And finally, here is one more poem I wrote to read at a 5C class poetry slam, the only grade 5 class I continued to co-teach throughout the school year. I taped it up near my camera, and everyone thought I had memorized it. I’m developing some bad habits with Zoom! (Or at least habits I’ll miss after this Zoom chapter.)

5 C Poetry Slam Poem by Mrs. Denise

 

Have you ever used the word manavelins?
Do you think I captured it in my definito of manavelins?

Linda Mitchell at A Word Edgewise is the host of Poetry Friday today.

 

#OpenWrite for June 2020

June 20, 2020 – List Poem and Lift a Word prompt

Doctor Solomon
Servant of God and humanity
Older with underlying conditions
Did not stop his work
Urgent care physician
Contracted Covid-19
We prayed

  • for a miracle
  • for healing
  • that you would go home to your wife, to your grandchildren
  • for you to laugh and listen as always
  • for us to hear your wisdom again
  • for you to pray for us again

Again and again
But today you died
Rest in peace, dear Dr. Solomon,
Today you are with Jesus in Paradise.

My sweet teacher-mentor-fellow-poem-writing sisters left some healing comments and gratitude for Dr. Solomon. See them here.

June 21, 2020 – Father’s Day Small Fiction
I wrote this poem with another prompt for The Isolation Journals. See A Gift From My Father.

June 22, 2020 – Memory Poem

Playing House
Think playing house–
but maybe not that kind–
come with me to the
eucalyptus grove
at Grove Avenue Elementary School
a hundred trees planted so close
they barely have elbow room
aromatherapy for us
minty, herbal with a touch
of honey and lemon
no sun rays make it to the floor
so nothing grows
tamped-down, hardened clay
becomes our earthen tile
pencil-like leaves fall and gather
the floors swept with our hands
construction materials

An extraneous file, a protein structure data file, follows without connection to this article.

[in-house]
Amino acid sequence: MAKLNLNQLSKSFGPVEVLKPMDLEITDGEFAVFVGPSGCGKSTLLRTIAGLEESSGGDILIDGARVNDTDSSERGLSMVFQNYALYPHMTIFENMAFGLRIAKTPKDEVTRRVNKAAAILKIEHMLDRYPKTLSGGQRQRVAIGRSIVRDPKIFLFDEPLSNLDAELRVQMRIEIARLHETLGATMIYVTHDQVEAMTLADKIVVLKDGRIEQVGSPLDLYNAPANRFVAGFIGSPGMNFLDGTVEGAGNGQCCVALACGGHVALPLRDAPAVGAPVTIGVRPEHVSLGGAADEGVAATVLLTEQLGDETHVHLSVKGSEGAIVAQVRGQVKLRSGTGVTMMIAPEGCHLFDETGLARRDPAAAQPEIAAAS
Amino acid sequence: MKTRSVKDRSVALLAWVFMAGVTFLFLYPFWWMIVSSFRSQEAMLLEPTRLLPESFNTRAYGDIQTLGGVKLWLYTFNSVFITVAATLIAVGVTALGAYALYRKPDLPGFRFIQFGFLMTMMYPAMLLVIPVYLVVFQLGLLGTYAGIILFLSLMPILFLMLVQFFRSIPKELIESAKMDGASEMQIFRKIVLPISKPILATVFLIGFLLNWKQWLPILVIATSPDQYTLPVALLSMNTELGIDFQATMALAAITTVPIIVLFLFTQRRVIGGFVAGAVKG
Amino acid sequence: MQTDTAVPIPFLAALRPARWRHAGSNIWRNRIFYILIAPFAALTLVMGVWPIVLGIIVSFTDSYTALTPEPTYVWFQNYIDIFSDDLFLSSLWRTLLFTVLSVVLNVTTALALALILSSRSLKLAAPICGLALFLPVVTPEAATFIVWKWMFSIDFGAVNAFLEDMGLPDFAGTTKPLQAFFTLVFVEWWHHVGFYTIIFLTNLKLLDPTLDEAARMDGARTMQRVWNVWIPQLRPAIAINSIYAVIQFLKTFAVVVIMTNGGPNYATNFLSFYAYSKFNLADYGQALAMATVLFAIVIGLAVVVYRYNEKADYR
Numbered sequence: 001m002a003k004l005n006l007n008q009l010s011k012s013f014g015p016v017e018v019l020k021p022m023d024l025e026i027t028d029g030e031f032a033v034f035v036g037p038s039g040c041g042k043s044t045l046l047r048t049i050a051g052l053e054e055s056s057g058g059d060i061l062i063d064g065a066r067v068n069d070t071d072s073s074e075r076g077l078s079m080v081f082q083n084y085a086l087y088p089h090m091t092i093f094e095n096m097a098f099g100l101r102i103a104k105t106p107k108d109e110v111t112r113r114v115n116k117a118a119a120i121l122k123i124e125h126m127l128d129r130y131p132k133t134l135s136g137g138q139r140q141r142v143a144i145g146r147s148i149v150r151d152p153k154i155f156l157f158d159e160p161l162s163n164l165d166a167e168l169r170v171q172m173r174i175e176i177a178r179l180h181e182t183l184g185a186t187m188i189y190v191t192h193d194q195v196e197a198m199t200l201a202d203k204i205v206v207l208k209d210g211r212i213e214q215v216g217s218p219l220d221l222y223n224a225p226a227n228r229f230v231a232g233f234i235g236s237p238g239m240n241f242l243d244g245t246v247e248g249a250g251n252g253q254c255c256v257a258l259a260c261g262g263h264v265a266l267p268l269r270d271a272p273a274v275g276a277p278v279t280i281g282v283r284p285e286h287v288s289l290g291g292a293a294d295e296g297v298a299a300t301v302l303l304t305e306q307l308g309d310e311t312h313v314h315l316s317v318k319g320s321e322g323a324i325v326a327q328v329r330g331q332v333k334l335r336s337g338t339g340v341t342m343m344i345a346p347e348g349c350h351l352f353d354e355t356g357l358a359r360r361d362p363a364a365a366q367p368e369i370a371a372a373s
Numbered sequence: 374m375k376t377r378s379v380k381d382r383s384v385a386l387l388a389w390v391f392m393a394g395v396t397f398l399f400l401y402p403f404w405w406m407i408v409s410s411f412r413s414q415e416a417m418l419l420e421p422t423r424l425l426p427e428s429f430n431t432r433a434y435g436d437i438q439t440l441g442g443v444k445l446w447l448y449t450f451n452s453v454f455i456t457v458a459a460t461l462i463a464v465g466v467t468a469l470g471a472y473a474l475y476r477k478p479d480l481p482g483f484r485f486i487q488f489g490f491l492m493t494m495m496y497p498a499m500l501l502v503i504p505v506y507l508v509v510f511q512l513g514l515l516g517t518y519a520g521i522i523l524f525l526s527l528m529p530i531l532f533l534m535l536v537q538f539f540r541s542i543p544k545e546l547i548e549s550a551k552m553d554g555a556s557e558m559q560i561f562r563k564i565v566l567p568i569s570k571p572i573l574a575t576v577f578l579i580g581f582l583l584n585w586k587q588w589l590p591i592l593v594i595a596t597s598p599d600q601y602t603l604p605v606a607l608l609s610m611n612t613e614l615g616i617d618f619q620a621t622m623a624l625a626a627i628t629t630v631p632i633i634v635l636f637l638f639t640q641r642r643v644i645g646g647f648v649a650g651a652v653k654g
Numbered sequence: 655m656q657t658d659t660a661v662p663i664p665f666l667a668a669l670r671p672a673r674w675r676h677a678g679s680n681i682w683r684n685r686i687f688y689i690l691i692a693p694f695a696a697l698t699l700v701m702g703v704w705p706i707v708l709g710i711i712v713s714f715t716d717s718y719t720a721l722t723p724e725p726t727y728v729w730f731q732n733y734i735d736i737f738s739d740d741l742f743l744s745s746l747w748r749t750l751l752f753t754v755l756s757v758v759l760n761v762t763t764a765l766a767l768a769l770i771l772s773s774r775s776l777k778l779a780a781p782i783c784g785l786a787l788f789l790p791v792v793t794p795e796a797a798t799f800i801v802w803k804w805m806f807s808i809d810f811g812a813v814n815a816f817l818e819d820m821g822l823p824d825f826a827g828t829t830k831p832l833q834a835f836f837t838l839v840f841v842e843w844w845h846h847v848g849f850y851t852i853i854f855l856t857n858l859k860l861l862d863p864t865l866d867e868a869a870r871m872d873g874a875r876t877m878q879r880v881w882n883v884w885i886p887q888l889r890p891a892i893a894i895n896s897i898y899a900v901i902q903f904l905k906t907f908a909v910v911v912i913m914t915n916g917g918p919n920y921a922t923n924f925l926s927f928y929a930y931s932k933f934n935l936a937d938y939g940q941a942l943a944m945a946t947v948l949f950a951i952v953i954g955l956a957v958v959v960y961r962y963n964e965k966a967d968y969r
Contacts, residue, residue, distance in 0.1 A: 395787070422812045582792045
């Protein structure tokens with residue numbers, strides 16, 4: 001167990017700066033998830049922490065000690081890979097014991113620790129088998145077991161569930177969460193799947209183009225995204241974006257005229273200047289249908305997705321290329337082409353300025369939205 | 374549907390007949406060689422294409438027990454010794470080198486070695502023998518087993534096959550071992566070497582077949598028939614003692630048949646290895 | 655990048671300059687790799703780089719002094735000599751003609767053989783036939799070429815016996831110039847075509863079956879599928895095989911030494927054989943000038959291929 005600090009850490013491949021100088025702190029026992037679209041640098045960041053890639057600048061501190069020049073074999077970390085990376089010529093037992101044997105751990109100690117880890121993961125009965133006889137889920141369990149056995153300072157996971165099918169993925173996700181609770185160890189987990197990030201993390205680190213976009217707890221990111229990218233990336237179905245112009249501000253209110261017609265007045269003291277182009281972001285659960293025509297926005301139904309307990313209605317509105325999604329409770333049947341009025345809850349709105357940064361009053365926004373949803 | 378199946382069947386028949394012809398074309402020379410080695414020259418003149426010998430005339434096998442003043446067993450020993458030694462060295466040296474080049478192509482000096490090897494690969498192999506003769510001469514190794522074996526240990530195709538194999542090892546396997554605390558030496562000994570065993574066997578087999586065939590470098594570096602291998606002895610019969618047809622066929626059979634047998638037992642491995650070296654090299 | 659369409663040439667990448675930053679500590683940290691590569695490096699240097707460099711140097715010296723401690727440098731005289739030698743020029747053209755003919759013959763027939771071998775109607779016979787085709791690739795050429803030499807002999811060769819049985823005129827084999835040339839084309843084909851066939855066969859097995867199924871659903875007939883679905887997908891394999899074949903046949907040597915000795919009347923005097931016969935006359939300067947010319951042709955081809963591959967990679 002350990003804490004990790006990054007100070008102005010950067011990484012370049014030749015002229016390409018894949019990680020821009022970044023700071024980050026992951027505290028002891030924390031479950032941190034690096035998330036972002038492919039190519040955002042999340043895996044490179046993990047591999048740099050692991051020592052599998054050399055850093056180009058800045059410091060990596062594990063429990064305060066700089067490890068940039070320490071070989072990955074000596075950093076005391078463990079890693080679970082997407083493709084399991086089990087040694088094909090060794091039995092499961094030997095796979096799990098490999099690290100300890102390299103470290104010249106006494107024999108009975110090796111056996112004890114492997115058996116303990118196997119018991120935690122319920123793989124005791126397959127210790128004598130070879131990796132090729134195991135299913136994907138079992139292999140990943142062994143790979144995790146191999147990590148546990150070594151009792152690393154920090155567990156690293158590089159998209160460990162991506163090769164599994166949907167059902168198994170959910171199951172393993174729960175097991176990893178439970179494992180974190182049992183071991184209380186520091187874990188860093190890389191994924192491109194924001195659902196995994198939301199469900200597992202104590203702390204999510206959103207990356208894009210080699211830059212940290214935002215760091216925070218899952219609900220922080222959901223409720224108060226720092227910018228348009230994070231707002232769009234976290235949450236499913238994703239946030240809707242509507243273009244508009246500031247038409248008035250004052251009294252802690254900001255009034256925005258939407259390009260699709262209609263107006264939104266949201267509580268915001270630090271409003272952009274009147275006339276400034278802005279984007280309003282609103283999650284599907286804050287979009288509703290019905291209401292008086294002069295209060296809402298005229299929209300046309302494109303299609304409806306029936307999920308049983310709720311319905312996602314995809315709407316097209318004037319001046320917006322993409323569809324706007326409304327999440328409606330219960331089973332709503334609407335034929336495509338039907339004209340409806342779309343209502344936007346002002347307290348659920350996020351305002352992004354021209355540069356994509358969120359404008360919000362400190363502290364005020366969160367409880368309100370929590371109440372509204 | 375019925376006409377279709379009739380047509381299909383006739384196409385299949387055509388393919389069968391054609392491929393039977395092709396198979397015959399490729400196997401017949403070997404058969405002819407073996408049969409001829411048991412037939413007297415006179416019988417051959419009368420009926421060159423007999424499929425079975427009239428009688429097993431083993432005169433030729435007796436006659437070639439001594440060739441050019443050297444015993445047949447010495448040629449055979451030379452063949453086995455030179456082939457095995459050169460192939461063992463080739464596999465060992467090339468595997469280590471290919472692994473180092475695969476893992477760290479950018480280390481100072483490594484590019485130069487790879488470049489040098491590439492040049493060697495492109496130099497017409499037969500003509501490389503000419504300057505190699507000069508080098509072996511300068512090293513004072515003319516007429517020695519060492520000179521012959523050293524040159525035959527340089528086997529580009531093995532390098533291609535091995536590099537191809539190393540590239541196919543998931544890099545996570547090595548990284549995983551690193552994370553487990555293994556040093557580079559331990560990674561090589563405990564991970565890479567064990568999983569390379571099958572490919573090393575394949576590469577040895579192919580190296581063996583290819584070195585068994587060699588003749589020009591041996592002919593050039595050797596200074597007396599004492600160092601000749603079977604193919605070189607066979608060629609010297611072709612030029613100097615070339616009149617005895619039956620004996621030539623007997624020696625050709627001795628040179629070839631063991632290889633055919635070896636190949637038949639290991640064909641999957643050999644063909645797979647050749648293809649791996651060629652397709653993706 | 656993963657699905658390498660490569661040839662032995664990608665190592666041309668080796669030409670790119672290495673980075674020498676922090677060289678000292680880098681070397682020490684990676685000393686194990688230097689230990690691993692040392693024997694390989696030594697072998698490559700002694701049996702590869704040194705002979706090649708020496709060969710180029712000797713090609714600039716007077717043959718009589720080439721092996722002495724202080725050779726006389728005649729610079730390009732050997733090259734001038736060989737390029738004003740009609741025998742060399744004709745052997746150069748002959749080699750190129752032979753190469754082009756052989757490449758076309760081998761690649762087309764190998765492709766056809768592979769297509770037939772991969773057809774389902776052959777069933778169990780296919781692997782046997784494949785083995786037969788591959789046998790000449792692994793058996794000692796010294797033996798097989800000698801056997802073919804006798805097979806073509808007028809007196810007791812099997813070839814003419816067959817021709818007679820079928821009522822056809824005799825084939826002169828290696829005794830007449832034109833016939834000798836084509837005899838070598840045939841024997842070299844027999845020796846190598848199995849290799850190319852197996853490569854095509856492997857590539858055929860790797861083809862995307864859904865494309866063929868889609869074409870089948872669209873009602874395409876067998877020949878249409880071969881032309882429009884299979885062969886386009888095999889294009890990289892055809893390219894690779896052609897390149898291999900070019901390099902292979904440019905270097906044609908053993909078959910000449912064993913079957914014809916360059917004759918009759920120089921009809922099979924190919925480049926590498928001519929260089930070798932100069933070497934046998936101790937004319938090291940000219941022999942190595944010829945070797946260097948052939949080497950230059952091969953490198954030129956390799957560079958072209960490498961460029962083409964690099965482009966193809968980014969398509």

readied for the building
we mound the leafy walls
zig-zagging willy-nilly
throughout the grove
the bell rings for us to go back to class
play as long as possible
before running to avoid being late
immediately start watching the clock
when is our next recess?
finally…run to the grove
choose our favorite spot and build again–
living room, den, bathrooms and
bedrooms, lavish and profuse
this forest is our mansion
gladness gleaned from the grove

June 23, 2020 – Marcher or Leaper?

Leaping Into the Story
The story is with us, with us for a lifetime.
The story is within us, much beyond
Our lifetimes. Story passed on to our heirs. Little or
Much property doesn’t matter, but generation after generation
All become heirs of our beliefs–
Tenets of toxicity,
Positions of poison,
Cesspools of say-sos.
Four hundreds years of unjust stories.
Let justice roll down like water.
Righteousness like an endless stream.
The story of humanity makes
Us alive to Truth. Will we listen to the Truth?
Will we make amends? Hear the story.
Tell the story. Tell
The Truth.
Tell the stories for the just world we yearn for.
March for Truth. Truth that will set
Us free. Then maybe we can
Leap into a changed storyline.

June 24, 2020 – Writing with Melanie Crowder

Rose of Saffron
Out in the open
In the full sun
Lies the costliest of all
Spices

For thousands of years
It is true
The Crocus Satimus corm
Initiates the process
First lying dormant
Through the heat of summer
Does its wizardry underground

Then the autumn crocus
Burgeons and blossoms
Six purple petals
Cradle the crimson stigmas
And yellow styles

Gentle hands
Carefully pluck out the
Three red threads,
Dry and store safely–
150 flowers are needed to make
One gram of spice
(400 flowers to match the mass of a penny)
Use saffron for
Fancy fragrances
healing and health
Creating golden ambrosial delights
Beauty of the beloved